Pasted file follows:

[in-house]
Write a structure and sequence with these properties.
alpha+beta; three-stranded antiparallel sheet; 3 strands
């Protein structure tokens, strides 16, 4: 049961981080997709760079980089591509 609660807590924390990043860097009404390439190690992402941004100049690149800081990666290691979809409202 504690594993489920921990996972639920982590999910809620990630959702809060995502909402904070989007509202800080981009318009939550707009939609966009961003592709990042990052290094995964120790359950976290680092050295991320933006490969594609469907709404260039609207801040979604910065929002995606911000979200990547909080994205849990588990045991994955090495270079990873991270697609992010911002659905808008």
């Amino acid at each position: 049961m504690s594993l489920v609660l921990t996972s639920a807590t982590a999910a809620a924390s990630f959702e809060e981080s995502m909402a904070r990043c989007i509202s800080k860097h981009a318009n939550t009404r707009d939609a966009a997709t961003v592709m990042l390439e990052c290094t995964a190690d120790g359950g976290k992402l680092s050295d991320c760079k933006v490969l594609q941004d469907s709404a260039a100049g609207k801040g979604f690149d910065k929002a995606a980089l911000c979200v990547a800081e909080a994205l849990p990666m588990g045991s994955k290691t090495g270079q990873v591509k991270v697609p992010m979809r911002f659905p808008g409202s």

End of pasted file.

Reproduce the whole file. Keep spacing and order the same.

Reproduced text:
[in-house]
Write a structure and sequence with these properties.
alpha+beta; three-stranded antiparallel sheet; 3 strands
């Protein structure tokens, strides 16, 4: 049961981080997709760079980089591509 609660807590924390990043860097009404390439190690992402941004100049690149800081990666290691979809409202 504690594993489920921990996972639920982590999910809620990630959702809060995502909402904070989007509202800080981009318009939550707009939609966009961003592709990042990052290094995964120790359950976290680092050295991320933006490969594609469907709404260039609207801040979604910065929002995606911000979200990547909080994205849990588990045991994955090495270079990873991270697609992010911002659905808008």
């Amino acid at each position: 049961m504690s594993l489920v609660l921990t996972s639920a807590t982590a999910a809620a924390s990630f959702e809060e981080s995502m909402a904070r990043c989007i509202s800080k860097h981009a318009n939550t009404r707009d939609a966009a997709t961003v592709m990042l390439e990052c290094t995964a190690d120790g359950g976290k992402l680092s050295d991320c760079k933006v490969l594609q941004d469907s709404a260039a100049g609207k801040g979604f690149d910065k929002a995606a980089l911000c979200v990547a800081e909080a994205l849990p990666m588990g045991s994955k290691t090495g270079q990873v591509k991270v697609p992010m979809r911002f659905p808008g409202s």